There is no better time than now to consider the labor history of the Golden State. While other states face declining union enrollment rates and the rollback of workers' rights, California unions are embracing working immigrants, and voters are protecting core worker rights. What's the difference? California has held an exceptional place in the imagination of Americans and immigrants since the Gold Rush, which saw the first of many waves of working people moving to the state to find work. From Mission to Microchip unearths the hidden stories of these people throughout California's history. The difficult task of the state's labor movement has been to overcome perceived barriers such as race, national origin, and language to unite newcomers and natives in their shared interest. As chronicled in this comprehensive history, workers have creatively used collective bargaining, politics, strikes, and varied organizing strategies to find common ground among California's diverse communities and achieve a measure of economic fairness and social justice. This is an indispensable book for students and scholars of labor history and history of the West, as well as labor activists and organizers.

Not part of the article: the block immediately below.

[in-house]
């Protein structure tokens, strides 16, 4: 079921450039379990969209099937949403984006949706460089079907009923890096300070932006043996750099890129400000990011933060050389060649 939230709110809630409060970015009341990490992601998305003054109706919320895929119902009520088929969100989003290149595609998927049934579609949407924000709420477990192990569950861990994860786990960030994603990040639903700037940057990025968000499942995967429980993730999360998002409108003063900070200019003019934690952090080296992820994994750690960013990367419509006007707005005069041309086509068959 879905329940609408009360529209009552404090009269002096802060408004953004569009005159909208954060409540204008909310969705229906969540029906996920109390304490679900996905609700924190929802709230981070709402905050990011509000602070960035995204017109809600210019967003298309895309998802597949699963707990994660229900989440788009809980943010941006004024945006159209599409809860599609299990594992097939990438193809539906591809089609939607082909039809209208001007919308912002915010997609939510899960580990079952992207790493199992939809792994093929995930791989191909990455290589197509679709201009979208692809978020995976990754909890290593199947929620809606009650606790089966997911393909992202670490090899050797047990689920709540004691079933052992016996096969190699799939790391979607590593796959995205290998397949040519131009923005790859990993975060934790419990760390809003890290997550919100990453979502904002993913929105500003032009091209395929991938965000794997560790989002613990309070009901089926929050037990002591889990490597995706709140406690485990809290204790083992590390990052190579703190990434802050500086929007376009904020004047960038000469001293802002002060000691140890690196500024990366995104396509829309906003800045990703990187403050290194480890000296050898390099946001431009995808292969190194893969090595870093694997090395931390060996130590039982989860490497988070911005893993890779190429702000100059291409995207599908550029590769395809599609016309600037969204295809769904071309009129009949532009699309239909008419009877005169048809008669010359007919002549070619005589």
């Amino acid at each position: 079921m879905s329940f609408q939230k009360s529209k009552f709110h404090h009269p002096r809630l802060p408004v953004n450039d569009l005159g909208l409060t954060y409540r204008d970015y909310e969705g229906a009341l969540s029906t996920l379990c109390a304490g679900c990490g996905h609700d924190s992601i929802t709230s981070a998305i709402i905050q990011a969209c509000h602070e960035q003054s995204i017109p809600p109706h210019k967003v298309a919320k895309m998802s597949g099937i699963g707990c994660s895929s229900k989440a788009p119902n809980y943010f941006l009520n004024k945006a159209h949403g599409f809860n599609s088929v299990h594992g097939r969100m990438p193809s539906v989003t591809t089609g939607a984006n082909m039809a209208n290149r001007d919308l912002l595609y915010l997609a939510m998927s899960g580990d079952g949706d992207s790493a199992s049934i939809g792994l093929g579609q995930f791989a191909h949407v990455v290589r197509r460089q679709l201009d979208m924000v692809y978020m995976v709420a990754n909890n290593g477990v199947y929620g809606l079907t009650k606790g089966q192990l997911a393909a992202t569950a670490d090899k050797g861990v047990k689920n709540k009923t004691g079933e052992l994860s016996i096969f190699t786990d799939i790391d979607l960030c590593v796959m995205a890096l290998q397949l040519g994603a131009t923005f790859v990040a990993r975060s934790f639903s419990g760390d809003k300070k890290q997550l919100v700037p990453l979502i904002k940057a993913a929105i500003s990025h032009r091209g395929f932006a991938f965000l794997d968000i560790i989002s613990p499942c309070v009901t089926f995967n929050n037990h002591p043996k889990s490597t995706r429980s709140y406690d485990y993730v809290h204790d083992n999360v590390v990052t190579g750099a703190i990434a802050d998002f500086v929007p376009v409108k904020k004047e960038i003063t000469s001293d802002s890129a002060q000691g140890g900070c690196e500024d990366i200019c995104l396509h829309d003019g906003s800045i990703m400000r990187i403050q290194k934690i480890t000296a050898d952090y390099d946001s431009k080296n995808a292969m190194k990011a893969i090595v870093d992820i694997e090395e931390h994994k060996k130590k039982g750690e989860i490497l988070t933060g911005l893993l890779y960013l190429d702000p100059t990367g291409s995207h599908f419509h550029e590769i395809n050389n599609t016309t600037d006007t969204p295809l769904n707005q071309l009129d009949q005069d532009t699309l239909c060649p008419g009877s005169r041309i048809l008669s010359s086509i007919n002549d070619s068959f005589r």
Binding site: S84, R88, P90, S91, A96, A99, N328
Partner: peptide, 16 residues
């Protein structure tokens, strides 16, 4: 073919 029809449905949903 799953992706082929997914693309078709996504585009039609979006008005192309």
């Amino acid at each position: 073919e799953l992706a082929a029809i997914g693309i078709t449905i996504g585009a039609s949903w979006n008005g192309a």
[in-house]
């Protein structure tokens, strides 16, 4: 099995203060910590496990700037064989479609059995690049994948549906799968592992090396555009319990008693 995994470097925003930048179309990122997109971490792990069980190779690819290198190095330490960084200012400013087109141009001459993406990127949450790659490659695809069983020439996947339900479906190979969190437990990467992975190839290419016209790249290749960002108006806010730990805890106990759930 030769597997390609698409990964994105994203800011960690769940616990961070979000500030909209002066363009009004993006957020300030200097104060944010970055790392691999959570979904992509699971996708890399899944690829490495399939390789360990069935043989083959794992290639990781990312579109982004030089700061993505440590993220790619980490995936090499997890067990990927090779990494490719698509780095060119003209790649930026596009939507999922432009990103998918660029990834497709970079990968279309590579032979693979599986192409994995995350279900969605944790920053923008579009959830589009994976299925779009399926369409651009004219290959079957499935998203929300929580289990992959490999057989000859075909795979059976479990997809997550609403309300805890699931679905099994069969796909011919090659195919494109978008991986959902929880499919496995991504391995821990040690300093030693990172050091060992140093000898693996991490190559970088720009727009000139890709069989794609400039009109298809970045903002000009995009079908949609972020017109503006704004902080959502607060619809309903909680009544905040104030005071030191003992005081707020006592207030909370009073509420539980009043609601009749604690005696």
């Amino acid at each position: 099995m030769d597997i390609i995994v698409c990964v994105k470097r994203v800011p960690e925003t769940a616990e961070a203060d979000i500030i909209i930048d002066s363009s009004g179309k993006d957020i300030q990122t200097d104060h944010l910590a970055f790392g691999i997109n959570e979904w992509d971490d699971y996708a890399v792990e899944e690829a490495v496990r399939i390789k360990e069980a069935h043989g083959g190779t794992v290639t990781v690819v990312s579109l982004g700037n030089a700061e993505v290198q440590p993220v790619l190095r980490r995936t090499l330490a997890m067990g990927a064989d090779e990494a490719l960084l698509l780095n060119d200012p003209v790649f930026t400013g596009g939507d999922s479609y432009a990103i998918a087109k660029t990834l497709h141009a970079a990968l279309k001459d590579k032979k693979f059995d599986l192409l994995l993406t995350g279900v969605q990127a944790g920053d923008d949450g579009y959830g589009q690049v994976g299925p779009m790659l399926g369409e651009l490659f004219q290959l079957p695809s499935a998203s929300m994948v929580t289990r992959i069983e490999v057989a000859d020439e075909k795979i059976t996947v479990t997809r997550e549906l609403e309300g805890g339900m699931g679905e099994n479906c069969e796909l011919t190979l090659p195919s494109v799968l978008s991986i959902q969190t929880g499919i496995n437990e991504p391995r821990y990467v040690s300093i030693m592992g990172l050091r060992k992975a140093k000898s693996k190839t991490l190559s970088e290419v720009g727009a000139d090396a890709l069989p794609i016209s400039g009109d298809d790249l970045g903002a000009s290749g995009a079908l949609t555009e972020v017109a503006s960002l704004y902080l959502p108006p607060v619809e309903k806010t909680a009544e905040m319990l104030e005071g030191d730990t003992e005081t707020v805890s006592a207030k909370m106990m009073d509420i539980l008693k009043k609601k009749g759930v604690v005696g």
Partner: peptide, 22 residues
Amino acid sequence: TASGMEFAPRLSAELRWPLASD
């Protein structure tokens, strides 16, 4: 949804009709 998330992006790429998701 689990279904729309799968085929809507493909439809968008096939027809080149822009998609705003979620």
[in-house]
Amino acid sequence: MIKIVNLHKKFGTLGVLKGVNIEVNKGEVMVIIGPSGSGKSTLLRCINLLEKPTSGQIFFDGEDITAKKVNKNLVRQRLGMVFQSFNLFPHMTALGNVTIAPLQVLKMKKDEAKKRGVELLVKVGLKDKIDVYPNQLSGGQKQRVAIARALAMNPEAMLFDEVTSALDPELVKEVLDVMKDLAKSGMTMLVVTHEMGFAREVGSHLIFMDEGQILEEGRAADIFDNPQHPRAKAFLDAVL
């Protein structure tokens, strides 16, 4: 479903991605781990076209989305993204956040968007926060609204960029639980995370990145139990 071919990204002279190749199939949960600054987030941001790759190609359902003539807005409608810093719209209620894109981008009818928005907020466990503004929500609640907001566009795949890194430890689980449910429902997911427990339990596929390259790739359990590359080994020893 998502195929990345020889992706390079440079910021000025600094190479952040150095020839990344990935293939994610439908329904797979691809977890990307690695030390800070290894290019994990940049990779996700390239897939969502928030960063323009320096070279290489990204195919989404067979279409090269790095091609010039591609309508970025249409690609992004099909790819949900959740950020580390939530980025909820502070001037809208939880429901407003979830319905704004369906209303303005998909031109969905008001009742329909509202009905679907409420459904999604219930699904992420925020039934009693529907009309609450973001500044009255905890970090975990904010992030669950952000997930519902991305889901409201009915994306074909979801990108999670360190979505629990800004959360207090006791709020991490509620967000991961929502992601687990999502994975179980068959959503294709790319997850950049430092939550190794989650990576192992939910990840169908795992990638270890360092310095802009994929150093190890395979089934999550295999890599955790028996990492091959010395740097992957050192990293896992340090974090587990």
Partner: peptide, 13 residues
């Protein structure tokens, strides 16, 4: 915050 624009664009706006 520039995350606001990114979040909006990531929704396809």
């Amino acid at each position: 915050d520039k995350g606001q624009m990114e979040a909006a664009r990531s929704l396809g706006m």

|Publication date:||2nd August 2016|
|Publisher:||University of California Press|
|Categories:||Social & cultural history, History of the Americas,|
Fred B. Glass is Communications Director for the California Federation of Teachers and Instructor of Labor and Community Studies at City College of San Francisco. He is the producer of Golden Lands, Working Hands, a ten-part documentary video series on California labor history.More About Fred Glass